How to Plant and Grow Holly Bushes
There are possibly no more well-known plants than Holly Bushes. Holly plants grow in every Hardiness Zone in the United States. Holly berries have been used as holiday ornaments for hundreds of years and are often seen worldwide in wreaths and holiday table decorations. Not all holly varieties produce the plump red berries we are all accustomed to seeing.
Some varieties of holly produce berries of golden-yellow, and some have black berries. The Black berried types are typically not grown for their berries but rather their evergreen foliage which can be compared to boxwoods. Holly bushes are available in deciduous and evergreen types, and both types are available as male and female plants. Males are needed for berry production.
More and more gardeners realize that landscapes don't have to be a source of beauty outdoors. Gardeners are starting to learn that the plants in our yards can also be a source of decorations indoors. Holly shrubs are one of the best examples of this. During the winter months, when holly berries are one of the prominent features in the landscape, they can also be cut and enjoyed indoors.
Hollies prefer full sun to partial shade and the most prolific berry production is on plants in full sun. Full Sun means the plant will receive at least six to eight hours of bright sunlight per day.
Blue Hollies and Japanese Hollies prefer well-drained soil that does not stay constantly wet. Winterberry and Inkberry hollies prefer their soil a little on the wet side and can be seen growing in swampy soil. Either type will grow in average garden soil and may require occasional watering during periods of drought.
Any average garden soil will do for all types of holly bushes.
Holly plants are one of the few groups of plants that have had a fertilizer developed specifically for them. Holly plants prefer an acidic environment and Espoma has developed a fertilizer that is the perfect blend of acidity and nutrients. Espoma Holly-tone provides all the nutrients and acidity that hollies require in one simple package.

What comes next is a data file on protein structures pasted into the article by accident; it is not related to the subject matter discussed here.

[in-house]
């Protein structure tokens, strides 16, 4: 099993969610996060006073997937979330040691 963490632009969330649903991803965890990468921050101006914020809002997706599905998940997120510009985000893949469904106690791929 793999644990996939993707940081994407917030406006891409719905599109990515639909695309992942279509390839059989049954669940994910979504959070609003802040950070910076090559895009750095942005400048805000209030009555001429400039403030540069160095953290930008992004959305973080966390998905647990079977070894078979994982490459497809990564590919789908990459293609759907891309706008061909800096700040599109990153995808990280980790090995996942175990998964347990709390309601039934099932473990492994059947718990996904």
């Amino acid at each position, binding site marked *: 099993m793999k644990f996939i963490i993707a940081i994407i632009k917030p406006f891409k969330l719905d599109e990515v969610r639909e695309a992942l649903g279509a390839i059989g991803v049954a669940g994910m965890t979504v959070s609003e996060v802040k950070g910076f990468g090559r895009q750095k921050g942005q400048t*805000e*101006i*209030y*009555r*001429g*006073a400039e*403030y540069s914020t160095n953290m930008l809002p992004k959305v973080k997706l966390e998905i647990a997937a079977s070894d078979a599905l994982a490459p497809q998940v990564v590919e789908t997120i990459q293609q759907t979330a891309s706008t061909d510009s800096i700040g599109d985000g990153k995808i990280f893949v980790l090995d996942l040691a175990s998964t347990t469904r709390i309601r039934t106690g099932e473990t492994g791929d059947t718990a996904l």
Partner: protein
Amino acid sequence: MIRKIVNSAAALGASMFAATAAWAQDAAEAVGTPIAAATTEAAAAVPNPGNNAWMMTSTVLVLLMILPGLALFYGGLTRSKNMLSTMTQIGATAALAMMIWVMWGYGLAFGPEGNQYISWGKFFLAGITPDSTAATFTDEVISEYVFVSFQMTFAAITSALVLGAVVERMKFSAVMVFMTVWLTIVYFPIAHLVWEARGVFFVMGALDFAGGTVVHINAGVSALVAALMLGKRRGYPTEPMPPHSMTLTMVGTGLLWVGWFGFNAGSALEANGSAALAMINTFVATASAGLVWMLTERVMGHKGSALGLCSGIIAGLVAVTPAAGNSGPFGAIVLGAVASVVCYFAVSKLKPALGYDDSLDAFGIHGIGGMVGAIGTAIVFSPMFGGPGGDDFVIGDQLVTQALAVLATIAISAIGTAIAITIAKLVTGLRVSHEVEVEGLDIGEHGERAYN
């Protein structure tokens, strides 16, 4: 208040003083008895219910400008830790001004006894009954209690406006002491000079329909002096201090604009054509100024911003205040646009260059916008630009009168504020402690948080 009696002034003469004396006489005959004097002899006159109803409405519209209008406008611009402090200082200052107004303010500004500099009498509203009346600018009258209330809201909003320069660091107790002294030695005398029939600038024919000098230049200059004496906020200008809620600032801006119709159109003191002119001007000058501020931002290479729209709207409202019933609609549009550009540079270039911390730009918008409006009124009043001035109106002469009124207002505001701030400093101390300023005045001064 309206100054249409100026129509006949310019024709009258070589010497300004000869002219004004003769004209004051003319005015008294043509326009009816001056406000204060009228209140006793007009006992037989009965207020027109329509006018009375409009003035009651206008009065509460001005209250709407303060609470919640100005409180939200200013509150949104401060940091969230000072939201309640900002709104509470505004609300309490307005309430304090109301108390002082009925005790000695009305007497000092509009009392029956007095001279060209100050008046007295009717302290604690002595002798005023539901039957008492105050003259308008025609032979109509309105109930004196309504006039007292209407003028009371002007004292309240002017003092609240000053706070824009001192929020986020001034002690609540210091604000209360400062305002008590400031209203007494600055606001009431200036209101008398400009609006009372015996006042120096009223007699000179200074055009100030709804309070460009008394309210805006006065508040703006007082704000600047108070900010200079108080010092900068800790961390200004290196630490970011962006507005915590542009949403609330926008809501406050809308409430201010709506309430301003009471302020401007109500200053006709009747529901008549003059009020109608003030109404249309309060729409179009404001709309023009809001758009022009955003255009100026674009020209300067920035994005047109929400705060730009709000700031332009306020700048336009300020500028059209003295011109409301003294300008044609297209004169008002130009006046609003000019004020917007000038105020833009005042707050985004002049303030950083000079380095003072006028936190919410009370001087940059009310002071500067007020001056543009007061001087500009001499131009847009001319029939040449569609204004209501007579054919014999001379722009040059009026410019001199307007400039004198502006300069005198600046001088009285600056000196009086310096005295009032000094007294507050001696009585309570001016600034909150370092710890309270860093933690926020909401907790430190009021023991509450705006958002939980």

Feed hollies in the spring before they begin to grow and again about midway thru summer as berry production begins.
The berries of hollies are toxic to pets and children. Swallowing holly berries can cause vomiting, diarrhea, dehydration, and drowsiness. Holly leaves may also cause similar symptoms if eaten but, because they are prickly, children and pets usually leave them alone.
Maintain 3 inches of mulch in your landscape bed to retain moisture and regulate soil temperature. Keep the mulch line about 2 inches from the base of your plant to prevent stem rot.
- Carefully unbox your new plant, place it outdoors in a shaded area, water thoroughly while still in a nursery pot. Keep in this location for a day or two to let it acclimate to its new home.
- Choose a location based on light requirements, soil type, and mature size of the plant.
- Prepare the soil: dig a planting hole twice as wide as the root ball but not deeper. The plant’s crown should be ground level.
- Place your holly bush in the center of the hole and backfill with a 50/50 combination of your existing soil and topsoil or organic compost. You should still be able to see the soil line of the original pot when you are finished planting.
- Water deeply 3 times a week while roots are being established. Thereafter, water to keep the soil moist and according to your climate conditions.
- Lightly feed with a chemical or organic fertilizer once or twice in early spring. Do not fertilize after August when your plant prepares for dormancy.Generally, you should water your new plant 2 or 3 times a week during its growing season. In the peak of summer, a slow and steady trickle is ideal so the water permeates deeper, enabling the root system to grow stronger. A Treegator watering bag is the perfect, no-hassle way to continuously water your holly bush in the summer.